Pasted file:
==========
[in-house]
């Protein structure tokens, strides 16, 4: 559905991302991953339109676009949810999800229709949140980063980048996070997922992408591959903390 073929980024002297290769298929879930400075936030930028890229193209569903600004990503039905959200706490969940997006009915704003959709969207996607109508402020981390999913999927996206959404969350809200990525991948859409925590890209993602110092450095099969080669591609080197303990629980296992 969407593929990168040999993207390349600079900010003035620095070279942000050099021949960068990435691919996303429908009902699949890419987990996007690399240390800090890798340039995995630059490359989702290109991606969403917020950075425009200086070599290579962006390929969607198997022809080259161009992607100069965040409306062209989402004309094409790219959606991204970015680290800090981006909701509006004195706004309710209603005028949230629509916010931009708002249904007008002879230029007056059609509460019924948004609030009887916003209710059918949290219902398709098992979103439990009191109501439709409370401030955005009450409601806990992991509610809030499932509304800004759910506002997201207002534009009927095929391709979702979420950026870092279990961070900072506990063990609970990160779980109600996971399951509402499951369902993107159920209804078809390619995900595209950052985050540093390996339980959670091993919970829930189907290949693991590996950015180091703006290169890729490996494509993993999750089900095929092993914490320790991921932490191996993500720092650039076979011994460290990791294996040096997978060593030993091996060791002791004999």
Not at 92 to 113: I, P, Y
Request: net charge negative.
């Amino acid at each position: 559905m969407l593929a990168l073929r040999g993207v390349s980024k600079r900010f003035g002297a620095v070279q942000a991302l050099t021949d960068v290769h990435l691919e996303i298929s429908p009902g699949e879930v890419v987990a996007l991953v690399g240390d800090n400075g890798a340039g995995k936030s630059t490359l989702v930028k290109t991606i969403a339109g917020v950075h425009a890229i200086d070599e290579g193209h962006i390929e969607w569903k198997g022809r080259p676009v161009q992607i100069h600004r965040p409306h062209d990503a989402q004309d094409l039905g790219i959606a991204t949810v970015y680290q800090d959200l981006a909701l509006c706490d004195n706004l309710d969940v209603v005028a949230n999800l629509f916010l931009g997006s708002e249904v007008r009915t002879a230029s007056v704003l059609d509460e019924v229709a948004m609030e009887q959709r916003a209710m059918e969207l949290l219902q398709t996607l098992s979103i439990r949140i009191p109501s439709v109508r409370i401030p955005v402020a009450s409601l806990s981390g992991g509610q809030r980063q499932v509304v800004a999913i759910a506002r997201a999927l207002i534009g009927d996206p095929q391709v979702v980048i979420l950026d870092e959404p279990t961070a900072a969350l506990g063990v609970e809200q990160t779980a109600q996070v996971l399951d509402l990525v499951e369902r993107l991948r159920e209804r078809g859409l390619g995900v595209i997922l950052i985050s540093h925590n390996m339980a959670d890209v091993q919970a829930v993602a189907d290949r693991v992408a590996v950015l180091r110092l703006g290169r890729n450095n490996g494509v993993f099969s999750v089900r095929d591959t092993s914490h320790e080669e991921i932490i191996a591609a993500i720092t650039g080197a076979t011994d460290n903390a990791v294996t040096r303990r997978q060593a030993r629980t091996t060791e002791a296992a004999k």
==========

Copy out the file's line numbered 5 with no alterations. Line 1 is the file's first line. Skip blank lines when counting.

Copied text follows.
């Amino acid at each position: 559905m969407l593929a990168l073929r040999g993207v390349s980024k600079r900010f003035g002297a620095v070279q942000a991302l050099t021949d960068v290769h990435l691919e996303i298929s429908p009902g699949e879930v890419v987990a996007l991953v690399g240390d800090n400075g890798a340039g995995k936030s630059t490359l989702v930028k290109t991606i969403a339109g917020v950075h425009a890229i200086d070599e290579g193209h962006i390929e969607w569903k198997g022809r080259p676009v161009q992607i100069h600004r965040p409306h062209d990503a989402q004309d094409l039905g790219i959606a991204t949810v970015y680290q800090d959200l981006a909701l509006c706490d004195n706004l309710d969940v209603v005028a949230n999800l629509f916010l931009g997006s708002e249904v007008r009915t002879a230029s007056v704003l059609d509460e019924v229709a948004m609030e009887q959709r916003a209710m059918e969207l949290l219902q398709t996607l098992s979103i439990r949140i009191p109501s439709v109508r409370i401030p955005v402020a009450s409601l806990s981390g992991g509610q809030r980063q499932v509304v800004a999913i759910a506002r997201a999927l207002i534009g009927d996206p095929q391709v979702v980048i979420l950026d870092e959404p279990t961070a900072a969350l506990g063990v609970e809200q990160t779980a109600q996070v996971l399951d509402l990525v499951e369902r993107l991948r159920e209804r078809g859409l390619g995900v595209i997922l950052i985050s540093h925590n390996m339980a959670d890209v091993q919970a829930v993602a189907d290949r693991v992408a590996v950015l180091r110092l703006g290169r890729n450095n490996g494509v993993f099969s999750v089900r095929d591959t092993s914490h320790e080669e991921i932490i191996a591609a993500i720092t650039g080197a076979t011994d460290n903390a990791v294996t040096r303990r997978q060593a030993r629980t091996t060791e002791a296992a004999k």